What parents need to know
Parents Need to Know
Parents need to know that this movie isn't for kids. It features gruesome (and, once it begins, relentless) violence implemented by knives, rifles, and brutal beatings. Characters drink and smoke cigarettes (at least until they are attacked by the killer); one couple kisses briefly. On the road, they use filthy gas station bathrooms. Girls scream, escape, fight back, and scream again. Alarming images include bloody faces, threats of rape, bound limbs, gags, blood smears on floors and walls, and a graphic description (with shadowy visual demonstration) of a torture method by which the killer severs a girl's spine but leaves her conscious (he calls it "head on a stick," and says it was practiced in the Vietnam war).
What's the story?
Based on "actual events," WOLF CREEK follows the harrowing adventures of 20-somethings Ben (Nathan Phillips), Liz (Cassandra Magrath), and Kristy (Kestie Morassi), who drive for days to reach to Wolf Creek, a meteor crater and hiking area in the Australian Outback. When their car breaks down, Mick (John Jarratt) emerges from the pitch-black night and offers a tow to his garage where he says he can fix their engine. Uneasy, they go along and try not to make fun of their "colorful" host. After an evening spent chatting by a campfire, Liz wakes to find herself tied, gagged, and bloodied in a shed, having been drugged and dragged from her friends. Meanwhile, Mick is torturing Kristy in another building. Now free, Liz finds a collection of snapshots and video footage of Mick's previous victims and realizes he's a demented serial killer. Far from civilization, Liz and Kristy can only run and fall, scream and drive, crash and scream some more.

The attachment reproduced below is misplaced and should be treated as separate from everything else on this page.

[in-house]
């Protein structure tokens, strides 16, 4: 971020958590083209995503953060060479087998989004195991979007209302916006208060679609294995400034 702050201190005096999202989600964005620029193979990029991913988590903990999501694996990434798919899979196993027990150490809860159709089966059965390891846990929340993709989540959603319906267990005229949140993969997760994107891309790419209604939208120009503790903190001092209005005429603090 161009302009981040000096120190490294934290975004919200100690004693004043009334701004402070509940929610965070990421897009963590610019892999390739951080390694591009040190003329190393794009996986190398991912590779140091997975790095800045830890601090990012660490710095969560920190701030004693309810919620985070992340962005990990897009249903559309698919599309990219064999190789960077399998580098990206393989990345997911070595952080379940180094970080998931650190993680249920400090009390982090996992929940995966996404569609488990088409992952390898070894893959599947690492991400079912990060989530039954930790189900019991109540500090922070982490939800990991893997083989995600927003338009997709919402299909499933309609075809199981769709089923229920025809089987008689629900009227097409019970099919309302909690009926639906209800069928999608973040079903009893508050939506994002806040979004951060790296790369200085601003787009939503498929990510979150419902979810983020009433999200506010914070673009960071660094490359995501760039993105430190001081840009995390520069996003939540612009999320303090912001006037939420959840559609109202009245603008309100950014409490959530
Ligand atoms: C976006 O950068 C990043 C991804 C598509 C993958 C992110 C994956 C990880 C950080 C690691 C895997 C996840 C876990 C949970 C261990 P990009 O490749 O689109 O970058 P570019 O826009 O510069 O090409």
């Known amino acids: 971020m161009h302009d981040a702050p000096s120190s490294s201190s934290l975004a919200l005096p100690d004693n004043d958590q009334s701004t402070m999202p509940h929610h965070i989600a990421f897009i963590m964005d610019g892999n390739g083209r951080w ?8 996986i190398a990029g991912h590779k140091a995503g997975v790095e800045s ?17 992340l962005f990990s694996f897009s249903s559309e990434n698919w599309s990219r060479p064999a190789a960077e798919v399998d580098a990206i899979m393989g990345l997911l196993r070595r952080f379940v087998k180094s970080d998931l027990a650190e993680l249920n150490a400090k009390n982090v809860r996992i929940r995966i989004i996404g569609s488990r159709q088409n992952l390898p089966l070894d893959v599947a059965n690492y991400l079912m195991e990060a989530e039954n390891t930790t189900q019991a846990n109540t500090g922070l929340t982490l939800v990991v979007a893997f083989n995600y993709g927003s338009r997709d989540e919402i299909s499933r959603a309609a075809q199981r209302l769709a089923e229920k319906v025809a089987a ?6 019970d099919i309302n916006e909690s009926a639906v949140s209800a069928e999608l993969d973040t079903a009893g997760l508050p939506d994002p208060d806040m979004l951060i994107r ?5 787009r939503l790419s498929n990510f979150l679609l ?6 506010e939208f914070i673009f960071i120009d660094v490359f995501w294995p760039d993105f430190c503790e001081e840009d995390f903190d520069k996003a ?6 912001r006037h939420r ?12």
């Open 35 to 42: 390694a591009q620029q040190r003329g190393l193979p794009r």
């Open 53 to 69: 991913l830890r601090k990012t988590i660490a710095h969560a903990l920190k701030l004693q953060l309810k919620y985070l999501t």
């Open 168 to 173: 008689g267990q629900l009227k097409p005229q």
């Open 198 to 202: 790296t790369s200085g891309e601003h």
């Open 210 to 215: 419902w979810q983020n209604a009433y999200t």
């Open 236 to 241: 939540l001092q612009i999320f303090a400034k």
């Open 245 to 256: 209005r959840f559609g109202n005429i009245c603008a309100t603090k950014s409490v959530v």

Is it any good?
With a plot predictable by generic definition (it's a slasher movie), Wolf Creek's only context is other movies like it. The victims become monstrous to fight their abductor. The monster plods on, incessant, cruel, ordinary.
Families can talk about...
Families can talk about the random violence wreaked by an implacable, inexplicably cruel killer. This film takes up a "vintage" aesthetic, recalling low-budget, '70s horror films: what are the appeals of this look and associated class politics (middle class victims, underclass/demented/monstrous killers)? Families can also discuss what it means for a scary movie like this to be based on "actual" events. Do teens believe what they see really happened?